Finally have got back on here. Tuesday evening my computer decided to start playing up. Firstly I thought it was the heavy rain fall causing connective problems with the internet. I have been unable to access my Yahoo email account or my website. Could get on each but was not responding. Narrowed it down to a problem with Internet Explorer and have set new defaults for my emails etc and have finally got back on here via Google Chrome.
I have over the last couple days run every possible scan etc through my computer cleaning it to within an inch of its life and have found nothing untoward. I am no computer buff in fact the total opposite but most times I figure out the problem eventually (I think I know what's wrong, just got to figure out how to sort it out) or as in the case at this time go around it.
Primrose and pups are now 5 days old and as you can see from the photos growing and thriving. Primrose is back fully bright after birth, with me arriving back from milking Tuesday evening. My husband said "She heard the other dogs excited greeting me as I got home and jumped up wanting to leave her pen and also greet me." Nice to see her do this as a sign she is getting her energy back after the birth.
Short blog tonight as have had this computer problem bugging me today and this afternoon had a massive baking session with the children for a cake stall for school tomorrow I'm feeling a bit worn out. Who ever said "Many hands make light work" did not know my children, as their many hands make a mighty fine mess but although the kitchen ended up finely dusted with a coat of flour and icing sugar and with more chocolate chips going into their mouths than in the cakes, we did enjoy ourselves and tomorrow my children will go to school armed with their pound coins and buy most of our cakes back. Lol
Firstly tonight can I just say sorry but Primrose's Cavapoo pups have homes and none of them are available. We will hope to breed litters again late spring/early summer 2013 and will post details at a later date.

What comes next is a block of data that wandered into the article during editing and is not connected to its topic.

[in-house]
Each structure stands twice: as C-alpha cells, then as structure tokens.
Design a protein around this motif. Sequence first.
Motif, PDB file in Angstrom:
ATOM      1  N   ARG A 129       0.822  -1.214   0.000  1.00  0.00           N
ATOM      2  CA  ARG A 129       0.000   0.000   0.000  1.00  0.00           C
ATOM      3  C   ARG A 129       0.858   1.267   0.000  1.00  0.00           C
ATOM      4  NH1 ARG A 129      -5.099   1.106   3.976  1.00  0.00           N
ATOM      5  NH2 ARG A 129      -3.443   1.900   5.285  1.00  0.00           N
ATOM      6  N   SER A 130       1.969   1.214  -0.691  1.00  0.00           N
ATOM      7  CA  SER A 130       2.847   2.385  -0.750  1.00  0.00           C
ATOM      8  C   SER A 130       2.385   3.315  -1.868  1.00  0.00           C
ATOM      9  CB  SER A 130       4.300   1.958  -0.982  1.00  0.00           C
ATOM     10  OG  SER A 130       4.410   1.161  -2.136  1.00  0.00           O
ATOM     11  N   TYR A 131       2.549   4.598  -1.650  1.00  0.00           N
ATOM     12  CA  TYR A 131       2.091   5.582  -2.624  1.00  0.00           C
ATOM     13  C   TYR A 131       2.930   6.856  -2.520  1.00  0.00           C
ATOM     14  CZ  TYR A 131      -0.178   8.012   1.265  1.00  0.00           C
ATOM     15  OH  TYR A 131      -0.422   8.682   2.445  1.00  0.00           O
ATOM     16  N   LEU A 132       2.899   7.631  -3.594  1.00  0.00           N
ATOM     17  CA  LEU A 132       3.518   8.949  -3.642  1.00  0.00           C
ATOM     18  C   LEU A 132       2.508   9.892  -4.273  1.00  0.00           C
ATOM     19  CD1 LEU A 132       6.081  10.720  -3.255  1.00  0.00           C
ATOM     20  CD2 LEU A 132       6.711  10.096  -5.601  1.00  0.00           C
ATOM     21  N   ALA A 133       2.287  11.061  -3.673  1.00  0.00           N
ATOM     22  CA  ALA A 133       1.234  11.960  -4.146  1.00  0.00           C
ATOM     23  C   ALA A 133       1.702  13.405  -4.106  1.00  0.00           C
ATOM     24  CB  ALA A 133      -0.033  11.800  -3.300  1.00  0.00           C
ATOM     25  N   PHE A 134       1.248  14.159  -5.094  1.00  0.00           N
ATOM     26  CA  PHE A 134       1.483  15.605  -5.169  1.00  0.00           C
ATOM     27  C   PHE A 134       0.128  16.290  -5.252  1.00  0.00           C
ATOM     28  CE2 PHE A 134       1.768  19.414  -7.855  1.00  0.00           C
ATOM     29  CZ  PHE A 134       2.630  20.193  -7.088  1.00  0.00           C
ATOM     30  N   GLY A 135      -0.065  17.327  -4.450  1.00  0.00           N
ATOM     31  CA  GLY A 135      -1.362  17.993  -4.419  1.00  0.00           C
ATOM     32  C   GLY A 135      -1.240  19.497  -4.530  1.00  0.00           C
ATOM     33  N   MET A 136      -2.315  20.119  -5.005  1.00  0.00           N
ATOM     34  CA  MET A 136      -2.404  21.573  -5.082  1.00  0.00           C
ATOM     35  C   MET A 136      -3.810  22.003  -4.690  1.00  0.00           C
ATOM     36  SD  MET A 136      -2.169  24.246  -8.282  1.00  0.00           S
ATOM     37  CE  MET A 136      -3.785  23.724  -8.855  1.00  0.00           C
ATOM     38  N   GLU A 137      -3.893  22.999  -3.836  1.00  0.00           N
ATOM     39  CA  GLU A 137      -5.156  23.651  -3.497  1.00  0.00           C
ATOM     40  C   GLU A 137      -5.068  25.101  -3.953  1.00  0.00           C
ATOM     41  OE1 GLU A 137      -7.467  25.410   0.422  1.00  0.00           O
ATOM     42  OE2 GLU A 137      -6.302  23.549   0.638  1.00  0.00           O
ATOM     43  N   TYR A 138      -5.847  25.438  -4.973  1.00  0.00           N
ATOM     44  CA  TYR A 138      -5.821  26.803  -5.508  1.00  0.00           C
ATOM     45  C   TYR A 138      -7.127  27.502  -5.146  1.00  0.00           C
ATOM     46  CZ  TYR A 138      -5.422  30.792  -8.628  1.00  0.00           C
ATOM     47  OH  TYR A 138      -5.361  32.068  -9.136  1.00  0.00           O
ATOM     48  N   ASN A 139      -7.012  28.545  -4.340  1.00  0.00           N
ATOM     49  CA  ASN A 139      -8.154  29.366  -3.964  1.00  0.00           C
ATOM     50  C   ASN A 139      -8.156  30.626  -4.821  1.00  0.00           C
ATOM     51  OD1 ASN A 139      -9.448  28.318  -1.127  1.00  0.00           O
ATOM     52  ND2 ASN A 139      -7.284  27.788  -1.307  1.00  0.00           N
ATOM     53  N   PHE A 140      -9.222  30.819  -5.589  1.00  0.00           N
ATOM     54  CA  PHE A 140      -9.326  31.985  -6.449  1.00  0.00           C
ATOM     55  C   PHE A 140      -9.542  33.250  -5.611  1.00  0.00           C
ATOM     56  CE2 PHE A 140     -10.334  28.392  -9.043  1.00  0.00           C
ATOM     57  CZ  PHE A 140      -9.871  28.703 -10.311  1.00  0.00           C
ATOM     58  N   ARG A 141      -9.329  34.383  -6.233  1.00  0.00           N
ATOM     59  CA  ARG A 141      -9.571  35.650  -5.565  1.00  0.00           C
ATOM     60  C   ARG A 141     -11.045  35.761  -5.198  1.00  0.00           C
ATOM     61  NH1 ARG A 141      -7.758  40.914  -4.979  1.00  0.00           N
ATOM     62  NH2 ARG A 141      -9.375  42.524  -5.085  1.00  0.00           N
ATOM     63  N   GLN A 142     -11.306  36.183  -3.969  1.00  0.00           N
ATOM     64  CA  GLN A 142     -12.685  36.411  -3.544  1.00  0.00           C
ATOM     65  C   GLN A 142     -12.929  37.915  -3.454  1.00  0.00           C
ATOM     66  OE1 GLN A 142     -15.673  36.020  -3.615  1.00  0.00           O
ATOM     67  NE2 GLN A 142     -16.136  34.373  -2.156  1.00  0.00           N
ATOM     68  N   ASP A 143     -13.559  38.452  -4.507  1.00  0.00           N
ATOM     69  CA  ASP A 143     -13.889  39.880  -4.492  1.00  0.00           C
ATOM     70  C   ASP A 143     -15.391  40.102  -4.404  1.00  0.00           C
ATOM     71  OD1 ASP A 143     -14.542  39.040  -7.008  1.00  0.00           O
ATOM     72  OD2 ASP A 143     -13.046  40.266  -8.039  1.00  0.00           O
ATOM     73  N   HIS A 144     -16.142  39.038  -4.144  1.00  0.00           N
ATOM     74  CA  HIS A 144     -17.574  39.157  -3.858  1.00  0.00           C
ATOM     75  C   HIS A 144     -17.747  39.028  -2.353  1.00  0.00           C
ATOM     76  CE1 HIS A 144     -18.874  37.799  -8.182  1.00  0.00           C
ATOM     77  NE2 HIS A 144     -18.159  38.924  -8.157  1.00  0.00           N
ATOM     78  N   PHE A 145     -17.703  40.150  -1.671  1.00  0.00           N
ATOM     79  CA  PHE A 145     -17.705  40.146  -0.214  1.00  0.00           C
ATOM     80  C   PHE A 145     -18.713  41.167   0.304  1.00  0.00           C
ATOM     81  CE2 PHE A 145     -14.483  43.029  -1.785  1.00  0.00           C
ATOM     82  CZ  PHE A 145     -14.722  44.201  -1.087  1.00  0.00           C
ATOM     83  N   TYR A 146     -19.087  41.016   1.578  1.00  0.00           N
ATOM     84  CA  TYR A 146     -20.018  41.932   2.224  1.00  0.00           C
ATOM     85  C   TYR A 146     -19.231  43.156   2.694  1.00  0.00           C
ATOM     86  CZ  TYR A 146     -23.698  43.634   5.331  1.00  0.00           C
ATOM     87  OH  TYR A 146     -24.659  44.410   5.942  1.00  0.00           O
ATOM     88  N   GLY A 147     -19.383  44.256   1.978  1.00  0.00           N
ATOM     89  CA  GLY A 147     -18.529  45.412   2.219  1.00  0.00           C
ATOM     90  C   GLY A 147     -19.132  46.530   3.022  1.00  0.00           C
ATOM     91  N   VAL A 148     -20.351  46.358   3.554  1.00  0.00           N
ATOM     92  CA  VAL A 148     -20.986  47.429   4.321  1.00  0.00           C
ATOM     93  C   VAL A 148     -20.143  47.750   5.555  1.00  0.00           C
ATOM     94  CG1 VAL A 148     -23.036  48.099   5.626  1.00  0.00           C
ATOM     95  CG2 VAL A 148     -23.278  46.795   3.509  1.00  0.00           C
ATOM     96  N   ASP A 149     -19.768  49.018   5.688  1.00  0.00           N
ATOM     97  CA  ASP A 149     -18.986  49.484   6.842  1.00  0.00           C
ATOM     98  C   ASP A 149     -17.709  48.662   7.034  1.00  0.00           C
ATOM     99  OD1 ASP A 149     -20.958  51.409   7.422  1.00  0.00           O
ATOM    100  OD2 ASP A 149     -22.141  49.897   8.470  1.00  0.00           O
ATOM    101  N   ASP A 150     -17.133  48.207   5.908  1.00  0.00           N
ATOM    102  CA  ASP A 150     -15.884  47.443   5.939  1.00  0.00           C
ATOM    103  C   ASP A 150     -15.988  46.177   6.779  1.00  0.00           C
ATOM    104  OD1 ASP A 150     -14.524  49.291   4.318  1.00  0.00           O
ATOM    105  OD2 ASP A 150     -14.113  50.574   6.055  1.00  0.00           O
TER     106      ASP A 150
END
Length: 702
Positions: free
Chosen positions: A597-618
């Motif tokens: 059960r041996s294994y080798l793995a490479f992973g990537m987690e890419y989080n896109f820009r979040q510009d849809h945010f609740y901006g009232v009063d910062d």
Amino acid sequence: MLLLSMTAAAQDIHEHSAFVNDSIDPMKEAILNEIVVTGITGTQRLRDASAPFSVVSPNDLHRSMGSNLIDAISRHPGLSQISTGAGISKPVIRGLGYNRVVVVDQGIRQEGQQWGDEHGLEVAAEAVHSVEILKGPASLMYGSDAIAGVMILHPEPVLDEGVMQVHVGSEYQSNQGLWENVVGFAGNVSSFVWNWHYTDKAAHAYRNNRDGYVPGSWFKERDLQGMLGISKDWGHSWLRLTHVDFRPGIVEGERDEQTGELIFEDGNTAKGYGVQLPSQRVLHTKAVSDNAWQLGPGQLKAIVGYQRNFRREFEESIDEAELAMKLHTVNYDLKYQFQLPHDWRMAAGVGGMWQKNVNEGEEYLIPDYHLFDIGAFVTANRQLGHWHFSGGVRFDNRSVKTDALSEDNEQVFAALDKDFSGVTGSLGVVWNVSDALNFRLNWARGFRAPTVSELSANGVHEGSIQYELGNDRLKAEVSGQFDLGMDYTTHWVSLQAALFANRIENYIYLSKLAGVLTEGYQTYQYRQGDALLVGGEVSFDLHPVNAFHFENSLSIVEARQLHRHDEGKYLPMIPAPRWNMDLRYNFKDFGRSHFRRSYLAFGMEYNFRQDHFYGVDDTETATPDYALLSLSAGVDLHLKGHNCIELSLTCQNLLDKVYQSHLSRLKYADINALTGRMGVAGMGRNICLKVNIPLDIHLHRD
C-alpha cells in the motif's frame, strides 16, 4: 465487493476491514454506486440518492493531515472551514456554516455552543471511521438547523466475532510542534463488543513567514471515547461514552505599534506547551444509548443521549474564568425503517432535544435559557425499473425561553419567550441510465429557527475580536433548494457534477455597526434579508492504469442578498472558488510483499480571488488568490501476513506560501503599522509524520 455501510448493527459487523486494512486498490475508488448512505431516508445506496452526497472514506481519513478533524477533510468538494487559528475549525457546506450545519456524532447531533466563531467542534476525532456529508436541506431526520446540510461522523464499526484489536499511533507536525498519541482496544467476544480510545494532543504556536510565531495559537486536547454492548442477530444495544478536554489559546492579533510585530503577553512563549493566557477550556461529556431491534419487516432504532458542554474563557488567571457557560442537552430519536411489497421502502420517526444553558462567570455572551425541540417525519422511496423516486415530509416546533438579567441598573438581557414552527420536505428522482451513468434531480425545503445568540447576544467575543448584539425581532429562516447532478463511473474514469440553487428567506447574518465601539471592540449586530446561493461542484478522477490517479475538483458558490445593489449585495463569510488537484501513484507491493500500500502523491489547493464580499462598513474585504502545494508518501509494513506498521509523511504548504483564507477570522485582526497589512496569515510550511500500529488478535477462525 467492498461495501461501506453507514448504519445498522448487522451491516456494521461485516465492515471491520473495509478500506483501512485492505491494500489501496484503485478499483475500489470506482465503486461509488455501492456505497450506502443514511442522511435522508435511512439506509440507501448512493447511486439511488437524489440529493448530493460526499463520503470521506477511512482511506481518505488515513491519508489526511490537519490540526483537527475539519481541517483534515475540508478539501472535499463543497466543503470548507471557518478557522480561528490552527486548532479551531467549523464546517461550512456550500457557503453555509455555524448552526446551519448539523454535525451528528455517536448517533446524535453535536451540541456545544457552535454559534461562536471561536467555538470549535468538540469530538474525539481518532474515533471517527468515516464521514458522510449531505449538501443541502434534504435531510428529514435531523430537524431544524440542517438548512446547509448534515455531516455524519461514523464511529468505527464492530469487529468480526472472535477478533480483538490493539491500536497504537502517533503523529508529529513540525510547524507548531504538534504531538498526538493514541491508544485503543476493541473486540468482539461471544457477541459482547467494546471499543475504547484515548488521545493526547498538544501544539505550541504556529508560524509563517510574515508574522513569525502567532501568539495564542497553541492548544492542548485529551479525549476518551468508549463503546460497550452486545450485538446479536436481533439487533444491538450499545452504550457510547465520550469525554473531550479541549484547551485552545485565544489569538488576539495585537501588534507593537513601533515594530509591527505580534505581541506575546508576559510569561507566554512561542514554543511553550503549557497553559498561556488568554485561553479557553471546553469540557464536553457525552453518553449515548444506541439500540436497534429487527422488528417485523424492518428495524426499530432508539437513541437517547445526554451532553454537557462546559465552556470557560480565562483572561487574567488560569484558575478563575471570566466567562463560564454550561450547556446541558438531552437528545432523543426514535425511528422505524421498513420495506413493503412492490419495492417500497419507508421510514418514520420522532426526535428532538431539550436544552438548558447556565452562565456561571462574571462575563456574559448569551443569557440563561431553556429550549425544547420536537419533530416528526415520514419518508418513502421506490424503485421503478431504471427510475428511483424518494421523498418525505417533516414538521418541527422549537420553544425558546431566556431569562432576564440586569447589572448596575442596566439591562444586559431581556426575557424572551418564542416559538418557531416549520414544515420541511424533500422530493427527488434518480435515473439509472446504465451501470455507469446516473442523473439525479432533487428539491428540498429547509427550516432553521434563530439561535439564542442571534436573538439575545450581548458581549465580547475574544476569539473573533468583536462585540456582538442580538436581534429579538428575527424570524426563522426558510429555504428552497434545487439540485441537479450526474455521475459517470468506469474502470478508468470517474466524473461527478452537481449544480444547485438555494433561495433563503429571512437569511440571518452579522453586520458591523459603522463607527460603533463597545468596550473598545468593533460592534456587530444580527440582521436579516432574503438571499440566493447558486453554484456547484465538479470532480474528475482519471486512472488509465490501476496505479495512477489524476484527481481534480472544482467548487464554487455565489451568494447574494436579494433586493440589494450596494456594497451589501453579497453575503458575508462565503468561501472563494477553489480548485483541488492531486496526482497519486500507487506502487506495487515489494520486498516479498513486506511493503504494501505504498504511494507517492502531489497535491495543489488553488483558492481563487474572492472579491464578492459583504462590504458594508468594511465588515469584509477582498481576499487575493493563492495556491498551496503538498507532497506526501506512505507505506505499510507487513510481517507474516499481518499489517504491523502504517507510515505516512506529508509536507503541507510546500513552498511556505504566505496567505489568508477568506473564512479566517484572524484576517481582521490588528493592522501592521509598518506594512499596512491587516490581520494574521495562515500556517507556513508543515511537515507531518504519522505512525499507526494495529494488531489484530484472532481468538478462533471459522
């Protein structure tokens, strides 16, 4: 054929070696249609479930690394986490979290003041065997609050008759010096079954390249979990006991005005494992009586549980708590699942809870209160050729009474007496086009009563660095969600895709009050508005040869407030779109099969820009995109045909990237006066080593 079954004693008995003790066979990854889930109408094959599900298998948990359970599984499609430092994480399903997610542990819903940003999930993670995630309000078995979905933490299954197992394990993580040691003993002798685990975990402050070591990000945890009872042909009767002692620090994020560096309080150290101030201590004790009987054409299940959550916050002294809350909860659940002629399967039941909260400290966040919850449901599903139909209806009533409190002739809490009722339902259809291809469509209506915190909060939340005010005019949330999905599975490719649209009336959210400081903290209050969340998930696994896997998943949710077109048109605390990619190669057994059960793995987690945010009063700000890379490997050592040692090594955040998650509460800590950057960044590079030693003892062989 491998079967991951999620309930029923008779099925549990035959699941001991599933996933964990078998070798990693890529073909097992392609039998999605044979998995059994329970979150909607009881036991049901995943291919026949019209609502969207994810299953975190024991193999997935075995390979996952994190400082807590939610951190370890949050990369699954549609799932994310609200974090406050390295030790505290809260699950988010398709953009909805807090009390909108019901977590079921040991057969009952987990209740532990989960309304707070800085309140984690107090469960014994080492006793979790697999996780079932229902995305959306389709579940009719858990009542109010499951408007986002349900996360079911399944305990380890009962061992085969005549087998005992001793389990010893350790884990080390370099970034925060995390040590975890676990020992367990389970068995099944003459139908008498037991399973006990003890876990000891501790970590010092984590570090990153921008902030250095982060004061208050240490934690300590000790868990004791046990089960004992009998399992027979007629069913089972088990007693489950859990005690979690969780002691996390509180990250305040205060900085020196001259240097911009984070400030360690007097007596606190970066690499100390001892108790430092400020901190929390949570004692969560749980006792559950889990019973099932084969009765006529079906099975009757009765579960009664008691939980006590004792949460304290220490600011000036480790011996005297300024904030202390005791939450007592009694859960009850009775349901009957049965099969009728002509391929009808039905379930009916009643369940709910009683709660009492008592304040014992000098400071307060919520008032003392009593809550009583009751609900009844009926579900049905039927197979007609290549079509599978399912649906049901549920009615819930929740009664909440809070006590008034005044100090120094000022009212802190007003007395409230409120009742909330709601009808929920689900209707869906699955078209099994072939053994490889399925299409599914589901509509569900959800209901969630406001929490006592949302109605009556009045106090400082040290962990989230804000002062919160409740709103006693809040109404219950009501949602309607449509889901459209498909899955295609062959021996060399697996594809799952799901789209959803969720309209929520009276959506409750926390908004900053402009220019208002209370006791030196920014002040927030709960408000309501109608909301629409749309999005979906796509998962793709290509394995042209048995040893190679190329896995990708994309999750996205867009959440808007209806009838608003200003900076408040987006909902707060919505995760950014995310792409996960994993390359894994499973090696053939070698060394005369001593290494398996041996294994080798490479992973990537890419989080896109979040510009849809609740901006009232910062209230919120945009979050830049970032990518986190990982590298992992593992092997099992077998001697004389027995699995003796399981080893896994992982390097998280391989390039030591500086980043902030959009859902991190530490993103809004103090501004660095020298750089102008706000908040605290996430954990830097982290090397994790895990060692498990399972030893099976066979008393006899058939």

Primrose's Cavapoo pups are into their second day and visiable have grown. In the first 8 days on average a pup will double its body weight from birth and with having four pups which is an easy managable litter for a Cavalier, I think Primrose's pups will easily attain this.
Cavaliers are incredible good mum's and normally have loads of milk and a relaxed attitude when rearing their young. Primrose has both these attributes and she is as relaxed in the flesh, as she looks in the photo's.
Tomorrow I will get on with emailing and contacting people, as our youngest child has started pre school, so all children are at school on a teusday and thursday which will give me time to catch up on administration hopefully.
Just a few snaps of Primrose with her pups now over 24 hours old and one photo of Belle and Jessica, which I found on my camera and yet to find out who took that one.
Primrose is doing well and all the pups seem to be thriving. When all her pups are sucking the expression on her face "As happy as a pig in mud" comes to mind."
I must confess I am trying to watch X Factor and just saw a lovely original performance by the first one up tonight, actually made me feel a bit emotional. Some would say X Factor is their guilty pleasure but I would say that what else is on telly tonight, if you only watch free view.Lol. Mind you, you got to get through a lot of branches and leaves to find some wood on it.